If you look at the history of dystopian novels, they’re all set in cities, Shriver said. The breakdown of society and life is quicker there. Once electricity fails, all bets are off. It makes no sense. She doesn’t want society to fall so quickly in her books because there would be no story. She advises people to skip the sections of her books they don’t like, finding no problem in it. There are a lot of little details in her newest book, The Mandibles, that “you’ll either pick up on or you won’t”. One of the characters has a name that’s an anagram of her own: “I did insert myself quite deliberately into this book.” Shriver believes surveillance will end up being about money rather than what people are thinking.

Shriver said that healthcare in later life often lengthens death rather than life, that in trying to save people from dying when they are heading that way, it can cause more pain. (Though she wasn’t advocating death – I want to make that clear because it can sound that way.) She’s blunt. Alagiah noted that she’d said no topics were off limits. One of those topics? The NHS. On the topic of whether parenthood is a right, she said that for the working of the health system to continue, they need to bring their work to curing disease and disability, not dissatisfaction.

Shriver’s childfree – she decided not to have children at 8 years old, watching her parents clearing up sick, going shopping. She thought then that there was more time to have fun if one didn’t have kids. “I didn’t want to invite into my house someone who would throw a toy truck at my head.” Her deciding not to have children is connected to her lack of faith in the future. Of the future and age she said older people become worried about the future and apocalyptic possibilities because they’re mixing worry for the future with their own mortality. (She didn’t take herself out of that statement.) When she writes about older people she’s writing about herself, her generation.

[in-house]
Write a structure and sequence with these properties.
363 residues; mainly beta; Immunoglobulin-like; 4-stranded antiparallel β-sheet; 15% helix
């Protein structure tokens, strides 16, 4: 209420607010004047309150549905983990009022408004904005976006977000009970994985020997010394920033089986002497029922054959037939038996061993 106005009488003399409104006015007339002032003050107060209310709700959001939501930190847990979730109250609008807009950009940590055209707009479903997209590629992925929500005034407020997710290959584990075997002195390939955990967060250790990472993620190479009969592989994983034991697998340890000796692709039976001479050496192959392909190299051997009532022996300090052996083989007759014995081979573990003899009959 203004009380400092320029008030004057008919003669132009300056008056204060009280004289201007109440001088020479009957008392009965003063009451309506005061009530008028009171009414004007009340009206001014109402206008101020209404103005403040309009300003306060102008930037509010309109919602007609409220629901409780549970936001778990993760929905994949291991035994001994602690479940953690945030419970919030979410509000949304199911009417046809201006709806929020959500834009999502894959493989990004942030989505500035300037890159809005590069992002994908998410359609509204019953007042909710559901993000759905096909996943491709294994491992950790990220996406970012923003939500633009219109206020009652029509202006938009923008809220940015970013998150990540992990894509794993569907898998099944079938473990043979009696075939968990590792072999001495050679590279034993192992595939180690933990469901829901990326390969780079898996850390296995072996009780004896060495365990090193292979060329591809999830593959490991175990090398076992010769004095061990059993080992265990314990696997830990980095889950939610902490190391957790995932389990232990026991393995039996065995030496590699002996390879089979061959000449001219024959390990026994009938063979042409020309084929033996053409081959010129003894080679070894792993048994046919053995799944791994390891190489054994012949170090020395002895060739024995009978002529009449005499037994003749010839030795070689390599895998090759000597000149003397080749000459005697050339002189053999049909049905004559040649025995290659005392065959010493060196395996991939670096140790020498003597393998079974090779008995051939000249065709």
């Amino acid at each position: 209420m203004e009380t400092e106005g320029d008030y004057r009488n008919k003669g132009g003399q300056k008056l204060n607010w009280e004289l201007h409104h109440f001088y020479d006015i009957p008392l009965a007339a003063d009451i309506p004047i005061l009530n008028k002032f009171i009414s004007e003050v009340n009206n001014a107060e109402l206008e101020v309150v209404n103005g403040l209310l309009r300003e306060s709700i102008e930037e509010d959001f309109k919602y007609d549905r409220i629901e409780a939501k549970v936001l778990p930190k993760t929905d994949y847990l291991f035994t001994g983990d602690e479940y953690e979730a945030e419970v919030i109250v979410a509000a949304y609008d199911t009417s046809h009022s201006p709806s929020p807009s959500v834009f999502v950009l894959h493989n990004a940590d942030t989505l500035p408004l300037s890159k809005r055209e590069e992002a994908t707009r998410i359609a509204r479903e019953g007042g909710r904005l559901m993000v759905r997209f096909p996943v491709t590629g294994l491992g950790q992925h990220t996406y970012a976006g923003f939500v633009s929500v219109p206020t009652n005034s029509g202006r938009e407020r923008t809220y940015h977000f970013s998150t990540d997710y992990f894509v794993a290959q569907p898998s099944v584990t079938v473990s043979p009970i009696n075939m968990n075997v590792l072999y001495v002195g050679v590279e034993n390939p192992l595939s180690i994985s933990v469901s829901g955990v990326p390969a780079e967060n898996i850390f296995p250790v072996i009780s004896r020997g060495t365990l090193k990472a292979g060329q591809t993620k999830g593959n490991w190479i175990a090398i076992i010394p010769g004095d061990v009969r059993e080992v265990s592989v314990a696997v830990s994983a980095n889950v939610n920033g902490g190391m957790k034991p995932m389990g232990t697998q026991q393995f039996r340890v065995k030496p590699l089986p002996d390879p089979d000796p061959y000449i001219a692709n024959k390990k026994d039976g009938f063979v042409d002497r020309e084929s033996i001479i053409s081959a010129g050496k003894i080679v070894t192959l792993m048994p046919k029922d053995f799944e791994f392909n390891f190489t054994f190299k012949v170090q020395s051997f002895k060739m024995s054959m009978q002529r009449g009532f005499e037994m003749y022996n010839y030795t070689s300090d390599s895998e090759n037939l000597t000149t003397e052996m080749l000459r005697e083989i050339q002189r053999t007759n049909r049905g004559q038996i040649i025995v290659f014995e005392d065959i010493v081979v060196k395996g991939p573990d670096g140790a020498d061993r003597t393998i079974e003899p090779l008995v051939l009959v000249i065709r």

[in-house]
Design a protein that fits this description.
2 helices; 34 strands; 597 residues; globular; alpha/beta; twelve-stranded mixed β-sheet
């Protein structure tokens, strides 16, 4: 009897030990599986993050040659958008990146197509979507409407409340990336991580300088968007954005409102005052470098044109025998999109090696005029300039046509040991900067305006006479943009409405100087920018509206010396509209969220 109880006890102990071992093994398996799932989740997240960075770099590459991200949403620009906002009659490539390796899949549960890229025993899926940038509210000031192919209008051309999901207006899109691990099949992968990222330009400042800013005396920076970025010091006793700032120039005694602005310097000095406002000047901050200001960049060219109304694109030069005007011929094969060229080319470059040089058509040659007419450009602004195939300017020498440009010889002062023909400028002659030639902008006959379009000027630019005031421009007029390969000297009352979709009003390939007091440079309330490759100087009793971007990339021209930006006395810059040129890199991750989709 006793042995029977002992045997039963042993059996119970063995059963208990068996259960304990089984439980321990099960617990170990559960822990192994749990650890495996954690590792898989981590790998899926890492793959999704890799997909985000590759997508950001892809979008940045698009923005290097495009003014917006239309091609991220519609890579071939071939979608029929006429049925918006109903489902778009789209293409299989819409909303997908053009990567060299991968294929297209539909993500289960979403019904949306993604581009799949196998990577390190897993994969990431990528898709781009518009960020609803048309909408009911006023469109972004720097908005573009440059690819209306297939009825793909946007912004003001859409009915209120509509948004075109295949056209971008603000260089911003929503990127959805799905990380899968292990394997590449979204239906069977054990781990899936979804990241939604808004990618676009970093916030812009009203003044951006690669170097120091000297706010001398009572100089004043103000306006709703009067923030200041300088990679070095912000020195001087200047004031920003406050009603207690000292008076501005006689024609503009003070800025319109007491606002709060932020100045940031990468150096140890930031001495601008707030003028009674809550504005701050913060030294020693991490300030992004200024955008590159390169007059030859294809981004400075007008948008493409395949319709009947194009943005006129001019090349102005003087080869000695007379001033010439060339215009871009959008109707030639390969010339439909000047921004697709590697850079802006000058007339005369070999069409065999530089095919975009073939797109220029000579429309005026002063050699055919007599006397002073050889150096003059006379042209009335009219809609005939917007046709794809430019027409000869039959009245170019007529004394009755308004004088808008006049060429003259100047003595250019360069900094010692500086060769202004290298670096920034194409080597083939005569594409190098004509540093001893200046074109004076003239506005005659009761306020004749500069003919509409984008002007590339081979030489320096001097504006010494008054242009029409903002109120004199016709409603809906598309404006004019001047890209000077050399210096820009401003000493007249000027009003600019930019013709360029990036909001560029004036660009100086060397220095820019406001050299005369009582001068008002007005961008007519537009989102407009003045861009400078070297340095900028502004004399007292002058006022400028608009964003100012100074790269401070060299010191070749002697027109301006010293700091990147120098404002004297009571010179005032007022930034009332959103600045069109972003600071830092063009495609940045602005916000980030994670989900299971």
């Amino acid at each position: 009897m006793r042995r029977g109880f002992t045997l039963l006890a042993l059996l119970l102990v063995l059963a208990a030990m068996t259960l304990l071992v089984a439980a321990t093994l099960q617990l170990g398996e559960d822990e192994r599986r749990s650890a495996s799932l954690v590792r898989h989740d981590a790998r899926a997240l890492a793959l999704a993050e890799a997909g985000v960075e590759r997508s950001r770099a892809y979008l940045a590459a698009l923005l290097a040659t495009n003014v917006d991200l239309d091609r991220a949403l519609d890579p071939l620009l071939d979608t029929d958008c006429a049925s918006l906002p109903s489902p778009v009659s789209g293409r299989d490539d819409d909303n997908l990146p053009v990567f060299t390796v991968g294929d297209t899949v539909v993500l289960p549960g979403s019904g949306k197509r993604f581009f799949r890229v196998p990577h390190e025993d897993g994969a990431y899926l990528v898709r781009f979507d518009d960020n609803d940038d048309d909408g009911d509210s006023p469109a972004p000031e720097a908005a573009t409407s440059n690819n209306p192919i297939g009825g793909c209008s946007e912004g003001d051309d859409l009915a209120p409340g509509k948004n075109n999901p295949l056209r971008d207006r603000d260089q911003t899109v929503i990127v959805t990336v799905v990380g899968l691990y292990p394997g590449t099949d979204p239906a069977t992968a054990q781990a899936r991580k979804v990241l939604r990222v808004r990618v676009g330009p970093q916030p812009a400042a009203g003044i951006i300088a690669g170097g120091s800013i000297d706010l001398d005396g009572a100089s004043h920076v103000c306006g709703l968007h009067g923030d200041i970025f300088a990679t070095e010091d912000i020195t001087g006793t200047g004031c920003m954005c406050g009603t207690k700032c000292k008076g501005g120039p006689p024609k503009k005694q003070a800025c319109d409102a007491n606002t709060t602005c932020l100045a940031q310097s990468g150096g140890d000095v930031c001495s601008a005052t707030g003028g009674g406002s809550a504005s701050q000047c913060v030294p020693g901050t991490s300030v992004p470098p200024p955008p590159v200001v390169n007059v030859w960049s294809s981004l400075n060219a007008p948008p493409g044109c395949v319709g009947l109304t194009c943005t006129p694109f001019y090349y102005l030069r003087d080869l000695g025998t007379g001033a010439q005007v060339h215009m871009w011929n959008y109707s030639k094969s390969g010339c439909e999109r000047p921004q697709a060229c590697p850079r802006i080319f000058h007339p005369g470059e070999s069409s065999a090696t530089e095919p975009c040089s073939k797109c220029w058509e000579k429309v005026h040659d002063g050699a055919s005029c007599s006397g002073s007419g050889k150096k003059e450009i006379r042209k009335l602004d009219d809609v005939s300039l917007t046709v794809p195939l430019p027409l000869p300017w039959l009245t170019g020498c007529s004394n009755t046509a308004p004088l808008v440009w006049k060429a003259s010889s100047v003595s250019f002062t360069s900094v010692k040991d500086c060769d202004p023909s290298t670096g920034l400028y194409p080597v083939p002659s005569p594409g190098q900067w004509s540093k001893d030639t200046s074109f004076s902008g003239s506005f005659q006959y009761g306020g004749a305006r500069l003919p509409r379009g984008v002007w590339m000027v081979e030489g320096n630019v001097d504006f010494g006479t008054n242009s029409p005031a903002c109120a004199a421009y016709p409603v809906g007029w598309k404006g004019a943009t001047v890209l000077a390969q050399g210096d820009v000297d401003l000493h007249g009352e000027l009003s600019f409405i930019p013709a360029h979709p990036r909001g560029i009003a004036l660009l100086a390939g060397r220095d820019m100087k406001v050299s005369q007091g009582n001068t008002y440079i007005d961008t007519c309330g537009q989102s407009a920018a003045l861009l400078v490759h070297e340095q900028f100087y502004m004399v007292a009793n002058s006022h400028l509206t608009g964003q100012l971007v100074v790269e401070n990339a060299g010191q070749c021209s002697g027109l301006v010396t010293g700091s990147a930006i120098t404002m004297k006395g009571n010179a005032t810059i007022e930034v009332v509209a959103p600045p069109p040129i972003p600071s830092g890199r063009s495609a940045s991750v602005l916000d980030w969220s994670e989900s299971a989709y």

She shies from talking about racial issues in her books because she doesn’t feel they belong to her. It isn’t her right to talk about them.

A photograph of Howard Jacobson

Next up was Howard Jacobson talking to John Mullan. I’ve never read Jacobson’s books but heard his name many times and thought it might be interesting. It was here I first found out Benedict Cumberbatch was at Hay, as Mullan thanked us for joining their talk rather than the actor’s performance. (I understandably stuck to the literary categories when choosing which events to go to.)

Mullan spoke of the commentary in Jacobson’s books. Jacobson: “Don’t say it’s a book of criticism, I want them to buy it!” He introduced his newest book, Shylock Is My Name, and an audience member shouted out, “we knew that!”. The introduction set the tone of the rest of the event – there was much laughter. Jacobson did manage to say that his newest book is a ‘Porsche kind of book’. It’s based on The Merchant Of Venice and from what I could ascertain is one of a series – Jeanette Winterson wrote the first.

Mullan asked if there’s a relationship between the sadness in the novel and Shakespeare’s play. In the play they all hang around talking about sadness, Jacobson said. A world of indulgence – we don’t do this in reality. “This is a play where Shakespeare isn’t in the mood… so I’ll do it for him.” Jacobson hopes that if Shakespeare were to read his book, he’d say, ‘hey, you saw the comedy in it!’ When he thought about writing about the play he saw it was fantastic. He admired the sadness and wanted to look at the bigotry. “I’m free to steal a plot from Shakespeare because he stole every story he wrote… Everything from European literature is there to take.” He wanted to call the book The Wilderness Of Monkeys but his publisher said shops would put it in the Natural History section. He said that we say we like a book so much we can’t put it down but if we like it really we can. He wants that point on a cover – ‘so good, I put it down!’